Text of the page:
Synonyms:1,4-Butylene Glycol;1,4-Butanediol;1,4-Dihydroxybutane;Butanediol, 1,4-;Tetramethylene Glycol;Versalink Curative 1,4-Butanediol
General Description: Odorless colorless liquid or solid (depending upon temperature).
Usage:1,4-Butanediol is used in the synthesis of epothilones, a new class of cancer drugs. Also used in the stereoselective synthesis of (-)-Brevisamide.
Air & Water Reactions:Highly flammable. 1,4-Butanediol is hygroscopic. Water soluble.
Reactivity Profile:1,4-Butanediol is heat and light sensitive. 1,4-Butanediol reacts with acid chlorides, acid anhydrides and chloroformates. 1,4-Butanediol also reacts with oxidizing agents and reducing agents. 1,4-Butanediol is incompatible with isocyanates and acids. 1,4-Butanediol is also incompatible with peroxides, perchloric acid, sulfuric acid, hypochlorous acid, nitric acid, caustics, acetaldehyde, nitrogen peroxide and chlorine.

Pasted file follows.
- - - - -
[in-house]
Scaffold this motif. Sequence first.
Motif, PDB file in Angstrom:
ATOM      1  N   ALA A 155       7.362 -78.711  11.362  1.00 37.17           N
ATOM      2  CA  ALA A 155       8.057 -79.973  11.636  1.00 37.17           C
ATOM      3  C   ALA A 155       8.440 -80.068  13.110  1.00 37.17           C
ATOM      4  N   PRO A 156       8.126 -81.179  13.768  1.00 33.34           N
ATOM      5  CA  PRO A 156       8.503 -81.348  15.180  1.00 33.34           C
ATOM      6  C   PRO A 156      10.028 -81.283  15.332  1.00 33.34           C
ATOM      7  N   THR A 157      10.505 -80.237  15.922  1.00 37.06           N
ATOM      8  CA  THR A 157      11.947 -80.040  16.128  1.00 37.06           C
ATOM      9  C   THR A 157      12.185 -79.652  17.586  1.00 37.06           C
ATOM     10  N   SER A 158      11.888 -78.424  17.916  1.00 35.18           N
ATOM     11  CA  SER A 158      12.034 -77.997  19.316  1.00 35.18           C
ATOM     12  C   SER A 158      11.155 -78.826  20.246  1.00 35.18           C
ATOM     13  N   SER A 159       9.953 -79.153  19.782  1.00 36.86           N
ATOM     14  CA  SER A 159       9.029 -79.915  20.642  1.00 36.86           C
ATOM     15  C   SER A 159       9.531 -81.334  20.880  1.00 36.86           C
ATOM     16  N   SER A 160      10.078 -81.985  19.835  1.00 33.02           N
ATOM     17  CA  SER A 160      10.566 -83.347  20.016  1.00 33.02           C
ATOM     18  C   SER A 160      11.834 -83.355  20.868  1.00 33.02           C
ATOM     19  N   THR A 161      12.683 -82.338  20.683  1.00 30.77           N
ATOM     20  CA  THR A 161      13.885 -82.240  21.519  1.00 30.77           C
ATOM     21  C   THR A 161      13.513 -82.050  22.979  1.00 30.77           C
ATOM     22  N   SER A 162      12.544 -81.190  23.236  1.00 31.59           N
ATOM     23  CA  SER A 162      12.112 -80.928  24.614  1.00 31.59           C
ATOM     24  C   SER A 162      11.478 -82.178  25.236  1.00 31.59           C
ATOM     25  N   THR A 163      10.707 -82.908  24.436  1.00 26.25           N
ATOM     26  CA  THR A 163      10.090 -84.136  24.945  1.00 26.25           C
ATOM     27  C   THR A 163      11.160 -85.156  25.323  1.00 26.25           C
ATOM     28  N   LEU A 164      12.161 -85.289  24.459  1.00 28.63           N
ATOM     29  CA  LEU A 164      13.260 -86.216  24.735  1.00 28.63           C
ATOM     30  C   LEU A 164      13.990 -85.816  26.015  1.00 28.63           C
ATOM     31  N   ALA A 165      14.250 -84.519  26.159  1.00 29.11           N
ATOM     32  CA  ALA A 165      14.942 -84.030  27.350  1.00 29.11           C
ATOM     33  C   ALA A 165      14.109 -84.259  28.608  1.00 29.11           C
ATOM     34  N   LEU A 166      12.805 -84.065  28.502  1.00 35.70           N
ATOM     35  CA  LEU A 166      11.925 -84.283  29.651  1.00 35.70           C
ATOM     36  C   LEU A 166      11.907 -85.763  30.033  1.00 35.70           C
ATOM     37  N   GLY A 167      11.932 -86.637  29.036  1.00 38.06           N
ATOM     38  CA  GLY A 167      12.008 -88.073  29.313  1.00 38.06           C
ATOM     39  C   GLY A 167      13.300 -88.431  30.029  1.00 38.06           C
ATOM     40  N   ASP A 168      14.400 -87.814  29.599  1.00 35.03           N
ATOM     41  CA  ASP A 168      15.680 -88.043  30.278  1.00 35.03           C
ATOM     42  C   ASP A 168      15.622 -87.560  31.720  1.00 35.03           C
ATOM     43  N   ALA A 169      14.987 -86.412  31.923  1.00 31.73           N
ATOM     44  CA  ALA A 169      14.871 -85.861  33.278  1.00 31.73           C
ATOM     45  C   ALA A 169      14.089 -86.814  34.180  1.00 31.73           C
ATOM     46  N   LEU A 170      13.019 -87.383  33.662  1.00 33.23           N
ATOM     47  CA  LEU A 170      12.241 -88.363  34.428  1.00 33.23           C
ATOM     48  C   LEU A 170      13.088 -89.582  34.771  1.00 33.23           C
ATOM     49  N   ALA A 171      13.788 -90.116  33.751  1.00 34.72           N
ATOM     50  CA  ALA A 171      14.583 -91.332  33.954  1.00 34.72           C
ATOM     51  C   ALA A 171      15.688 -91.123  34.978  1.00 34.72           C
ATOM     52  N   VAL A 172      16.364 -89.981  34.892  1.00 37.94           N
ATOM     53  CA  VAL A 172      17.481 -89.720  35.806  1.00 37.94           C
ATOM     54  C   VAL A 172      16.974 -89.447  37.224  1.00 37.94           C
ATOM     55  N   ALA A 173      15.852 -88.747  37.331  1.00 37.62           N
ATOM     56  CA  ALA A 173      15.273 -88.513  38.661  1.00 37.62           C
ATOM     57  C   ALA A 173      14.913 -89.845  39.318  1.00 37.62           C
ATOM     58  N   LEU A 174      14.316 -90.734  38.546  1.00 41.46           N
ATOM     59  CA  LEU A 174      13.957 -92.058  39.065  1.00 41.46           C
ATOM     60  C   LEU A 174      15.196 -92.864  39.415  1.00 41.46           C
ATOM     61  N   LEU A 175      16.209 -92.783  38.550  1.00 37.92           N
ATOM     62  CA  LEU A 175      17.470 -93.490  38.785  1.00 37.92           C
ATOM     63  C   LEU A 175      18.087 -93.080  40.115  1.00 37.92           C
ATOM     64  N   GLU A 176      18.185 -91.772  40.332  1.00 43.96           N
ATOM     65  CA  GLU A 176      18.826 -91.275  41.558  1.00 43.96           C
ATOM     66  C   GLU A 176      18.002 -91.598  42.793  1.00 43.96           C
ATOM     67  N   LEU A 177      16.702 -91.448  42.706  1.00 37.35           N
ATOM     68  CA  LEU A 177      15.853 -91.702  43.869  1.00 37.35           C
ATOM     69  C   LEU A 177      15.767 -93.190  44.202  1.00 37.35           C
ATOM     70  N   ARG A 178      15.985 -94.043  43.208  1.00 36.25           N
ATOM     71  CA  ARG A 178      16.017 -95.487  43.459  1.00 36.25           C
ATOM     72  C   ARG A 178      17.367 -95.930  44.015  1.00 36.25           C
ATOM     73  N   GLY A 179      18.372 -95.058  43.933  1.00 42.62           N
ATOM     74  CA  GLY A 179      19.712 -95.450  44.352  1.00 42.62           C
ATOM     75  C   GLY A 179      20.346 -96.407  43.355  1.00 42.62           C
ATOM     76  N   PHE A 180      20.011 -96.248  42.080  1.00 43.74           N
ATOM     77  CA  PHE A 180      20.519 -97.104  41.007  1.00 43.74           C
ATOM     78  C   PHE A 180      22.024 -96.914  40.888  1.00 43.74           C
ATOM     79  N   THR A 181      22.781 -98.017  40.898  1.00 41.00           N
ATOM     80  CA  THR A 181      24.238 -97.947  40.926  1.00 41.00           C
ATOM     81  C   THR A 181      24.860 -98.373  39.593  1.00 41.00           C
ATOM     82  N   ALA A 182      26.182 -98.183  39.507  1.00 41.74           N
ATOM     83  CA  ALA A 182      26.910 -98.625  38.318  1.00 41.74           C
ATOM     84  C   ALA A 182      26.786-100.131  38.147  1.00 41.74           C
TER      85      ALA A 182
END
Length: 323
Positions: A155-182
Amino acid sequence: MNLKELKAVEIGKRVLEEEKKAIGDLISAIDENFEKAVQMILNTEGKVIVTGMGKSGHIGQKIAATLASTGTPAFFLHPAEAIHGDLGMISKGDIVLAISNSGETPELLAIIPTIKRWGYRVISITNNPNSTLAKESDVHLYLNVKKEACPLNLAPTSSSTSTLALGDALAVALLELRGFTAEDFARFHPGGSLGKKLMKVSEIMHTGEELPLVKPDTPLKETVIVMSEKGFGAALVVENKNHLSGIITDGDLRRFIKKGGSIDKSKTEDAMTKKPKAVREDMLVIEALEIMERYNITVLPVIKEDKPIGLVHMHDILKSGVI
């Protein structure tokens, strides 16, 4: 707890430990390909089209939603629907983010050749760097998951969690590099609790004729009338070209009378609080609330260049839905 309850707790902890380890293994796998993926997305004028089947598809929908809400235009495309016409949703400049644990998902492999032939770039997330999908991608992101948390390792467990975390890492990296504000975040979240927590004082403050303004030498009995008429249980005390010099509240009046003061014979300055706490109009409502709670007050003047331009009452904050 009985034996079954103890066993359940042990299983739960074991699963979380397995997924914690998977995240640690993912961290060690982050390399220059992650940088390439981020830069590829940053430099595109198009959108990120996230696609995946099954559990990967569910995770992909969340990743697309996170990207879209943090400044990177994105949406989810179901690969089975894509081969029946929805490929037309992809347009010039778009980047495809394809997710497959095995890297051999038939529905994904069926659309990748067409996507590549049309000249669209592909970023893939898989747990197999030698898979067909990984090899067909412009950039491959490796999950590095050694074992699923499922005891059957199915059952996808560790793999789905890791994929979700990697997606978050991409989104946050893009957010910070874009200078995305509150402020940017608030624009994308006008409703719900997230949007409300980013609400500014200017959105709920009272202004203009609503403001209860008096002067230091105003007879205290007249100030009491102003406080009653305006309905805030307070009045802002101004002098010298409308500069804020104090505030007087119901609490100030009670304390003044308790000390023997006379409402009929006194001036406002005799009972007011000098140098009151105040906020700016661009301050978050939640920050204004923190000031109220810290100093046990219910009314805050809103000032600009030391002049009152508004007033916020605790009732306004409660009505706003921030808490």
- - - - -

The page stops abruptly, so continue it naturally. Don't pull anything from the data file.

Health Hazard:Ingestion of large amounts needed to produce any symptoms.
Legality of 1,4-Butanediol:
While 1,4-Butanediol is not currently scheduled federally in the United States, a number of states have classified 1,4-Butanediol as a controlled substance. Individuals have been prosecuted for 1,4-Butanediol under the Federal Analog . A federal case in New York in 2002 ruled, but that decision was later overturned by the Second Circuit. However, a Federal District Court in Chicago ruled, and the Seventh Circuit Court of Appeals upheld that ruling. In the United Kingdom, 1,4-Butanediol was scheduled in December 2009 as a Class C controlled substance. In Germany, the drug is not explicitly illegal, but might also be treated as illegal if used as a drug. It is controlled as a Schedule VI precursor in Canada.